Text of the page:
Author: John Ramsey Categories: Historical Philosophy, Ethics, Chinese Philosophy Word Count: 988 Editor’s Note: This essay is the first in a two-part series authored by John on the topic of Mengzi’s moral psychology. The second essay is here. Mengzi (372–289 BCE), or Mencius, an early Confucian whose thinking is represented in the eponymous Mengzi, argues … Continue reading Mengzi’s Moral Psychology, Part 1: The Four Moral Sprouts
Author: Nathan Nobis Category: Ethics, Philosophy of Education Word count: 995 Grades on assignments and tests are reliable, yet imperfect, indicators of students’ knowledge and understanding of a subject matter. Overall course grades are also often influenced by students’ complying with class procedures: e.g., if attendance and participation are required, then students who rarely attend … Continue reading Ethics and “Extra Credit”
Author: Chelsea Haramia Category: Ethics Word Count: 855 1. What Applied Ethicists Do The modern-day, direct study of applied ethics arguably began with Judith Jarvis Thomson’s 1971 article “A Defense of Abortion.”1 Thomson argued that it is permissible to have an abortion even if the fetus is a person with a right to life. Given that many … Continue reading Applied Ethics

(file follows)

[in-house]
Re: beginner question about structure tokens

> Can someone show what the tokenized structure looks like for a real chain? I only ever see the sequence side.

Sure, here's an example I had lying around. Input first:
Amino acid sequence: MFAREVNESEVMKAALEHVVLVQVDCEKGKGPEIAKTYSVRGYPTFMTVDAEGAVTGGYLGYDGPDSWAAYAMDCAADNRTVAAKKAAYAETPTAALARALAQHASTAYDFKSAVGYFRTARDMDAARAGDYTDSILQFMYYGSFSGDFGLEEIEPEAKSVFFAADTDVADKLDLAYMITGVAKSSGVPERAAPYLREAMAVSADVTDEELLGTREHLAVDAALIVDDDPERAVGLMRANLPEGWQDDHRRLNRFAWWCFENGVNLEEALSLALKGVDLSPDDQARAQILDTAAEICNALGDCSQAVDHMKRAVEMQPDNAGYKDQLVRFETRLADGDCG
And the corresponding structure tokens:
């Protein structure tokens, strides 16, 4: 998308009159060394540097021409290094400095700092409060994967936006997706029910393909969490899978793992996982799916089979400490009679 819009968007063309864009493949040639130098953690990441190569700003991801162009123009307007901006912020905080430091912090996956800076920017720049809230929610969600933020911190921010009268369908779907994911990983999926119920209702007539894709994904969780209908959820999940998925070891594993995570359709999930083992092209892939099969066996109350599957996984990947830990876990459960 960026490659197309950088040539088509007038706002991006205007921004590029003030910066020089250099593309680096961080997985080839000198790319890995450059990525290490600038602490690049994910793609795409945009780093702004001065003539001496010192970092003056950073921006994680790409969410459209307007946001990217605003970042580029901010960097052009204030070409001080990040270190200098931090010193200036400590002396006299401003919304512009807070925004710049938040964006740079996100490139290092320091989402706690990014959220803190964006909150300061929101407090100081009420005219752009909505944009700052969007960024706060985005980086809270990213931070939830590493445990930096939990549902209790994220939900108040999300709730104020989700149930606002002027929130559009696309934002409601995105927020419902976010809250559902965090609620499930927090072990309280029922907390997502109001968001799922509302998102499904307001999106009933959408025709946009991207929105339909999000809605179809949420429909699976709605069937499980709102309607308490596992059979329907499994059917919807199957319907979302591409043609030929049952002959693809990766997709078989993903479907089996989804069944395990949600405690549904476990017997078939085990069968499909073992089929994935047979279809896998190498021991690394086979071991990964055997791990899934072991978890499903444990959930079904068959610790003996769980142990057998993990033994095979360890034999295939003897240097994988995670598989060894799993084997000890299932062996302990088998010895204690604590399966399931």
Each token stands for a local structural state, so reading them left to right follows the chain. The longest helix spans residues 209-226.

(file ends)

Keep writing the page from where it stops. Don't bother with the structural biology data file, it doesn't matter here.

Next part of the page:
Author: Ryan Jenkins Category: Historical Philosophy, Metaphysics, Ethics Word Count: 938 You have often heard it said that the Form of the Good is the greatest thing to learn about, and that it is by their relation to it that just things and [other virtuous things] become useful and beneficial (Republic, 505a). Plato’s Republic is a wide-ranging tract, admired for … Continue reading Plato’s Form of the Good
Abortion involves the intentional killing of a human being. Killing human beings is often deeply wrong, so is abortion wrong? If so, when? And why?
Ethical realists say that ethical claims such as these are objectively true: their truth does not depend on anyone’s particular opinions, beliefs, preferences, or characteristics. But what are the good reasons for accepting ethical realism?
The general idea of alienation is simple: Something is alienating when what is (or should be) familiar and connected comes to seem foreign or disconnected. So if work in a capitalist society inhibits the realization of our species-being, then work is to that extent alienating.